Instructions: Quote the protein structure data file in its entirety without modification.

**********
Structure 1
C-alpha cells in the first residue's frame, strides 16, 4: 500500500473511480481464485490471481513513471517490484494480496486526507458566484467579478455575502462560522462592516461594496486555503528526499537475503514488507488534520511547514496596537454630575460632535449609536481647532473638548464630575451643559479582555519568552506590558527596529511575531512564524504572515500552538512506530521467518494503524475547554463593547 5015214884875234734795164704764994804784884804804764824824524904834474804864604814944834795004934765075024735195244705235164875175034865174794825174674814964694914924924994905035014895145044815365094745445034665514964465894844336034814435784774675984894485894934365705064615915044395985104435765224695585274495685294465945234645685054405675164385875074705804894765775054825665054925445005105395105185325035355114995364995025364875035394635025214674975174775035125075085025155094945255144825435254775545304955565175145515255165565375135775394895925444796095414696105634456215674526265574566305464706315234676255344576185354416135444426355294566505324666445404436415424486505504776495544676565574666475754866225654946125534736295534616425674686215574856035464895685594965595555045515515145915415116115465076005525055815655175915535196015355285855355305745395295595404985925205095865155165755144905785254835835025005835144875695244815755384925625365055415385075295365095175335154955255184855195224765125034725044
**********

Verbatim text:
Structure 1
C-alpha cells in the first residue's frame, strides 16, 4: 500500500473511480481464485490471481513513471517490484494480496486526507458566484467579478455575502462560522462592516461594496486555503528526499537475503514488507488534520511547514496596537454630575460632535449609536481647532473638548464630575451643559479582555519568552506590558527596529511575531512564524504572515500552538512506530521467518494503524475547554463593547 5015214884875234734795164704764994804784884804804764824824524904834474804864604814944834795004934765075024735195244705235164875175034865174794825174674814964694914924924994905035014895145044815365094745445034665514964465894844336034814435784774675984894485894934365705064615915044395985104435765224695585274495685294465945234645685054405675164385875074705804894765775054825665054925445005105395105185325035355114995364995025364875035394635025214674975174775035125075085025155094945255144825435254775545304955565175145515255165565375135775394895925444796095414696105634456215674526265574566305464706315234676255344576185354416135444426355294566505324666445404436415424486505504776495544676565574666475754866225654946125534736295534616425674686215574856035464895685594965595555045515515145915415116115465076005525055815655175915535196015355285855355305745395295595404985925205095865155165755144905785254835835025005835144875695244815755384925625365055415385075295365095175335154955255184855195224765125034725044